Find, Listen to, Hug and Bless a Champion Tree!

Written By: Clare Kinberg

American Sycamore –

For Tu b’Shvat this year (January 28, 2021), the AARC Beit Sefer invites the whole congregation to help us appreciate our amazing local trees.

Tu b’Shvat, the Jewish New Year of the Trees, is on the full moon in the Hebrew month of Shvat. We celebrate the trees exactly 7 weeks after the first night of Hanukkah, when the celestial lights are dimmest. Seven weeks later, on Tu b’Shvat, the days have lengthened just enough for the tips of the trees to begin to send messages to their roots, “Begin to awaken….” It is cold outside, but the longer daylight tells the trees — and us — Spring is on its way.

Ann Arbor’s Champion Tree Program identifies and catalogs the largest tree of each species within the city. The program was created in 1995 to highlight and recognize these amazing trees and increase awareness and appreciation for outstanding trees that help make Ann Arbor “Tree Town.” There are currently 60 trees in the Champion Tree Registry. You can find them all listed on an interactive map, with information about each tree here. 

Our Tu b’Shvat plan is that during the week of January 23 through January 30, our member households will each pick one tree (or more if you are ambitious) from the registry, visit it, record in photos, drawings, or video what it looks like, and do the following:

1. Listen to the tree by putting your ear to the bark…can you hear the water beginning to rise?

2. Put your arms around the tree and give it a hug!

3. Bless the tree, as something beautiful, a natural wonder, and as something unique (3 blessings are below):

4. When you get home, write a few sentences describing your tree, and email them to Gillian, along with your photo or drawing, so we can share your experience in a future blog!

  • Blessing on Beauty

Baruch Atah Adonai Eloheinu Melech ha’olam shekahcha lo ba’olamo.

Blessed are you, our God, Ruler of the World, who has such as this in the world.

  • Blessing on Seeing Natural Wonders (from Ritualwell)

God-as-masculine/traditional:

Baruch Atah Adonai Eloheinu Melech ha’olam, oseh ma’aseh v’reshit.

You are blessed, our God, Ruler of the world, Source of creation.

God-as-feminine:

B’rukha At Ya Eloheinu Ruah ha’olam, osah ma’aseh v’reshit. 

You are blessed, our God, Spirit of the world, Source of creation.

  • Blessing on seeing an unusual creature

Baruch Atah Adonai, Eloheinu Melech ha-olam, m’shaneh habriyot.

Blessed are You, our God, Ruler of the Universe, who makes creatures different.

Beit Sefer Hanukkah Mitzvah Project

For the first two weeks in December, our Beit Sefer families collected warm blankets, socks, hats, food, and toiletry items for distribution to people experiencing homelessness in our community. Our youngest class, the Kitanim, and their dedicated and inspiring teacher, Marcy Epstein, initiated this project. Besides gathering the items listed above, the class packaged them in waterproof plastic bags and made sure the packages got to the people in need.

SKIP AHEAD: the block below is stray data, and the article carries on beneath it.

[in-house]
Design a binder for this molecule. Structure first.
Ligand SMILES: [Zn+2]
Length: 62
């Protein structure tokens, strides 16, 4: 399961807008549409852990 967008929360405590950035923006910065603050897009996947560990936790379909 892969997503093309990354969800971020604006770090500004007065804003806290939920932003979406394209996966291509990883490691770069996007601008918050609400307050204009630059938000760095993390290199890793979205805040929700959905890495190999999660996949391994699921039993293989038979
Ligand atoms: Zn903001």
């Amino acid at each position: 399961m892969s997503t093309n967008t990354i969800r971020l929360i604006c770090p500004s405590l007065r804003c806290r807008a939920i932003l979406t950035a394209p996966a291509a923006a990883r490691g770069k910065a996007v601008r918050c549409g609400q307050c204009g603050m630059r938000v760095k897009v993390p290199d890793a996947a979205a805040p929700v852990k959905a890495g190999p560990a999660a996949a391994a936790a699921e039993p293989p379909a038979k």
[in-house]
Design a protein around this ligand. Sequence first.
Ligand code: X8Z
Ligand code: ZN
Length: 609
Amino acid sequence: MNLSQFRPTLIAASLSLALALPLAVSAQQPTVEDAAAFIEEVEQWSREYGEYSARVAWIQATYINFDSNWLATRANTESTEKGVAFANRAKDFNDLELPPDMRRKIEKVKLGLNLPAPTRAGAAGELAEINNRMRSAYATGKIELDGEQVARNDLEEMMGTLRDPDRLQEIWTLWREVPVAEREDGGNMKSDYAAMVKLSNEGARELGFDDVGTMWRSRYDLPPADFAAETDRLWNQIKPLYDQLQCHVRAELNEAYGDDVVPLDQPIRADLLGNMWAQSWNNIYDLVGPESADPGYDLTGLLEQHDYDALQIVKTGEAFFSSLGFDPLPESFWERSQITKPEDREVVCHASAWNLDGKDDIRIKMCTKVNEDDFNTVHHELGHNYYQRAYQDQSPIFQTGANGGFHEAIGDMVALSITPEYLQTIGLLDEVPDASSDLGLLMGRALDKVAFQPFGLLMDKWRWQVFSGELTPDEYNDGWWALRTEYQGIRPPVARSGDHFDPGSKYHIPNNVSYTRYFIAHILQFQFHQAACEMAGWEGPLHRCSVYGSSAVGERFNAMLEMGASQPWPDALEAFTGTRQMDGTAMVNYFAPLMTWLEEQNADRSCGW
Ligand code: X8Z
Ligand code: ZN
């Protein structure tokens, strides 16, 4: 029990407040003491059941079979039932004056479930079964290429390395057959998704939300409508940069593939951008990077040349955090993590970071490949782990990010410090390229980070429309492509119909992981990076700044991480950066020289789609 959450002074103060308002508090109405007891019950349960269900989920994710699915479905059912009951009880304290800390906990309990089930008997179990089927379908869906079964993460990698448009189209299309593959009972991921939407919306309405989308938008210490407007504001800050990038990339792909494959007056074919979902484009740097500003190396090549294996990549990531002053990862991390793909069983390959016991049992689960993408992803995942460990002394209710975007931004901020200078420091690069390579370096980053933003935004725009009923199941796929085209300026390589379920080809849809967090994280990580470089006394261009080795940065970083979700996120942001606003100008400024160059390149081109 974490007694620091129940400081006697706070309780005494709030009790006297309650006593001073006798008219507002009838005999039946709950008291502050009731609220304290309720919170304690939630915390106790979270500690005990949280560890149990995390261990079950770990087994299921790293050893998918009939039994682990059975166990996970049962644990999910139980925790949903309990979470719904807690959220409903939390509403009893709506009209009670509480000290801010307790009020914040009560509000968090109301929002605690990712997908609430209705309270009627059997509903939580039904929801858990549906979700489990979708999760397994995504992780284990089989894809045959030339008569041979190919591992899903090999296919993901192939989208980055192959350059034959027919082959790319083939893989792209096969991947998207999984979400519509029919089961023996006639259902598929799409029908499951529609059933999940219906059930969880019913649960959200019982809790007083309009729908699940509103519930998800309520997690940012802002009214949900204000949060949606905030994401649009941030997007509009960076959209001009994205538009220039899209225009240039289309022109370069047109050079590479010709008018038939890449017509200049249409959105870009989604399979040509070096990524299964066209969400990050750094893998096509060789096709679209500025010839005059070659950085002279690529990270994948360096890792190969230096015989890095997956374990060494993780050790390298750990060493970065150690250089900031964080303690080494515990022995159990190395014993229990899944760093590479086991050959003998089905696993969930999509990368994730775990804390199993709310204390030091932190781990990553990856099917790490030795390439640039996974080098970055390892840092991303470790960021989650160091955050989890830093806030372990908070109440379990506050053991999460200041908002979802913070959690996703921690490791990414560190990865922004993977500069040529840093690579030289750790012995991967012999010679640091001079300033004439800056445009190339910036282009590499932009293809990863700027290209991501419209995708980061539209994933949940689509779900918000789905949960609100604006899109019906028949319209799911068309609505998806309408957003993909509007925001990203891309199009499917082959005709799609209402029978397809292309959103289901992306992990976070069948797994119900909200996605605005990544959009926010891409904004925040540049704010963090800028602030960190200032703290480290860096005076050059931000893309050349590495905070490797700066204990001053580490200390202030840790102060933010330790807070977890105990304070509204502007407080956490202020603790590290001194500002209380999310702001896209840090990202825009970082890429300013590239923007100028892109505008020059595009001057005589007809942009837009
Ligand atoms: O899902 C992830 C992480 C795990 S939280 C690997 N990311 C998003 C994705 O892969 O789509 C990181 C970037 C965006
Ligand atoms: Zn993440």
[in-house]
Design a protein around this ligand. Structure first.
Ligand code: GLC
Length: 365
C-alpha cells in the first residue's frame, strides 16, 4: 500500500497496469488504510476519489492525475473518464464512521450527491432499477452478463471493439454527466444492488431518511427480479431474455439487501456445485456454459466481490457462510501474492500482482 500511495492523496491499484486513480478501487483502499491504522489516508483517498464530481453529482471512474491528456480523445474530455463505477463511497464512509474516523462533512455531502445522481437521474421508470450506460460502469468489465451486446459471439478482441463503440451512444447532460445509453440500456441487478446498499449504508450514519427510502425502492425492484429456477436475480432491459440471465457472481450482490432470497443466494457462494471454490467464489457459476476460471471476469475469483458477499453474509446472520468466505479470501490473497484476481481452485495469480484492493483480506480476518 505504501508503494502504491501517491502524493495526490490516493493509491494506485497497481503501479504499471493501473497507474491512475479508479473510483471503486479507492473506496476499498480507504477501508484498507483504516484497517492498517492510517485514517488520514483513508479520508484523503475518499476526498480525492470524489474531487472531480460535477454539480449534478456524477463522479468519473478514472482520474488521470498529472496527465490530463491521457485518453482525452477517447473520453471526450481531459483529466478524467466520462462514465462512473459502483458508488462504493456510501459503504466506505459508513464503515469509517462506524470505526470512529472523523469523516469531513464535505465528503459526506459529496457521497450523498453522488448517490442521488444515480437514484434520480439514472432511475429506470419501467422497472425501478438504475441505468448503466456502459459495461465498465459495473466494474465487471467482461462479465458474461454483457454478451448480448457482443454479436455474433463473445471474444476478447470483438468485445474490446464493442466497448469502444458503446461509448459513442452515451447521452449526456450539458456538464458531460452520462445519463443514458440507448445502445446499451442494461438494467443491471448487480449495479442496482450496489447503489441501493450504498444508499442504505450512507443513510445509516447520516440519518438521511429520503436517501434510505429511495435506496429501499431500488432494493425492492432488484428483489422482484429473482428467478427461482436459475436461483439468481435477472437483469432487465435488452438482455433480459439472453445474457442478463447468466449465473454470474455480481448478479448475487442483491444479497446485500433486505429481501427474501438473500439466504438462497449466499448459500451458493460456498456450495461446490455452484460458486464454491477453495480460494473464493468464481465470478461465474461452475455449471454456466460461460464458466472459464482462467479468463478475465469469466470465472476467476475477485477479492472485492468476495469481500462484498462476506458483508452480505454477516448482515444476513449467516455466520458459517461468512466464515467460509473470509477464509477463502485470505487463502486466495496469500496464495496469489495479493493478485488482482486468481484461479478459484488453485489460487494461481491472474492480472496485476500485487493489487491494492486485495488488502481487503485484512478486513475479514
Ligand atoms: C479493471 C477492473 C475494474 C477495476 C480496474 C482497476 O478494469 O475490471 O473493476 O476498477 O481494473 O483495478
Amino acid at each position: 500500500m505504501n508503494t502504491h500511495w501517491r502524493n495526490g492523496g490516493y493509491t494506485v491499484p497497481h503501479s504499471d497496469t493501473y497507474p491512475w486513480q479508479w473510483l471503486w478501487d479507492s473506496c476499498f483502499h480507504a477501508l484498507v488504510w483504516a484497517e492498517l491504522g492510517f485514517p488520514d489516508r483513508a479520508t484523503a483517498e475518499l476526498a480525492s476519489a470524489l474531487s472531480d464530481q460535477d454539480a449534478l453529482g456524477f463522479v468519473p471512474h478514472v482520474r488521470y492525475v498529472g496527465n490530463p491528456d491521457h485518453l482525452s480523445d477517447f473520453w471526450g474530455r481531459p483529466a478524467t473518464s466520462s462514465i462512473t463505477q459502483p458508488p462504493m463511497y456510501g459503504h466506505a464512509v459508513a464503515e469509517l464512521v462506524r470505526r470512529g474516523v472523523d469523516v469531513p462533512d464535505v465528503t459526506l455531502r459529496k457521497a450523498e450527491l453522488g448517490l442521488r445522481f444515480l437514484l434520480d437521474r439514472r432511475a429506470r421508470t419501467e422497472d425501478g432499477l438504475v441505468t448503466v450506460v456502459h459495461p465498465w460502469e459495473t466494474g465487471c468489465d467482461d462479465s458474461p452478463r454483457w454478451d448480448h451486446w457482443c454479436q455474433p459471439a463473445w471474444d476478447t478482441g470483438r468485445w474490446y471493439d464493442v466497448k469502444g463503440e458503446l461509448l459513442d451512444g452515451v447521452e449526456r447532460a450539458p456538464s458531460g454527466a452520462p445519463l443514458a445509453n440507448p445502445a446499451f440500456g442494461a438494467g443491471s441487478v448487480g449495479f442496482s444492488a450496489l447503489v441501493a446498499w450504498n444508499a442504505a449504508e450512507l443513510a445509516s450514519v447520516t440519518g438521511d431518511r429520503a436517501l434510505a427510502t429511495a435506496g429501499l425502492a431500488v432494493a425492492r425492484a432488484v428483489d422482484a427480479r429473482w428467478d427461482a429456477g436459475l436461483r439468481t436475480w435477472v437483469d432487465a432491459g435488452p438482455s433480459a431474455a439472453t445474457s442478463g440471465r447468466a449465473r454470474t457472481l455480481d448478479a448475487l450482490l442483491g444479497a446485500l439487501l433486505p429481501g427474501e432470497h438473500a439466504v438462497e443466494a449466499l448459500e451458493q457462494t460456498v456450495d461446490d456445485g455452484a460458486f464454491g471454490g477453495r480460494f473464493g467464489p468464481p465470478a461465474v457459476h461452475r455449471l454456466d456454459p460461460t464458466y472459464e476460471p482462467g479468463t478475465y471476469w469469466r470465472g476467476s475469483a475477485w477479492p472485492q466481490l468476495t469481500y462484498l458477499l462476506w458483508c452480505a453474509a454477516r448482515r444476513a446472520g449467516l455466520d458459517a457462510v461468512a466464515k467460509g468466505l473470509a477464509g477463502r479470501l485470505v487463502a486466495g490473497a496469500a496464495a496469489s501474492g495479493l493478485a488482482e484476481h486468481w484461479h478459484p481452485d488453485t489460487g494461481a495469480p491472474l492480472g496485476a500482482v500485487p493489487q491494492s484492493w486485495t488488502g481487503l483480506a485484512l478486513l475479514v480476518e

Marcy reported that we gathered over 75 items for the homeless and displaced. Her friend Heidi Alward, the Vice Chair of the Board of the Women’s Center of Ann Arbor (which made sure everything was given out), sent the Beit Sefer a message:

“Wow, thank you, Marcy (and the AARC Beit Sefer)! I am so moved by you and your students and their families’ generosity of spirit. Please tell them that their actions will move people they may never meet and have ripple effects they may never feel, but they have created a positive impact. Beyond the food and materials goods, we have given them a sign that people care, that there is compassion, kindness and love in an often unjust world.”

Marcy taught that giving to people in need can be drawn from the phrase in the fourth book of the Torah, Vayikra/Now God Called (also known as Leviticus) 25:1, “Now when your brother sinks down (in poverty), and his hand falters beside you, then you shall strengthen him (as though) a sojourner and a resident-settler, and he is to live beside you.”

Beit Sefer visits Barn Sanctuary

The month of Elul, when we prepare ourselves for Rosh Hashanah and the Days of Awe, begins with The New Year for the Animals, where we learn about compassion, care, and openheartedness. The Barn Sanctuary in Chelsea, where over 120 rescued farm animals experience love and care, gave our Beit students and teachers excellent examples of compassionate care.

Aharon Varady writes on OpenSiddur: What a better way to begin a month dedicated to humbling ourselves and repairing our relationships than by reflecting first on our relationship with behemah — the domesticated animals which depend on us for their care and sustenance. The category of behemah includes all animals historically bred by humans as domesticated creatures, both kosher and non-kosher, e.g. cats and cattle, dogs and donkeys, goats, pigs, chicken, and llamas. If we can imagine, empathize, and understand the dependency of behemah in our care, how much better can we realize our relationship with blessed Holy One, and the infinite chain of inter-dependencies uniting all living relationships in reflection of this Oneness.

Students and teachers alike were fascinated by the virtual tour. Aaron, Ava, and Noah Jackson

The mission of the Barn Sanctuary: We rescue and rehabilitate abused and neglected farmed animals by creating a safe haven where these individuals can recover and thrive. We envision a world in which farmed animals are seen as individuals and treated with empathy and compassion.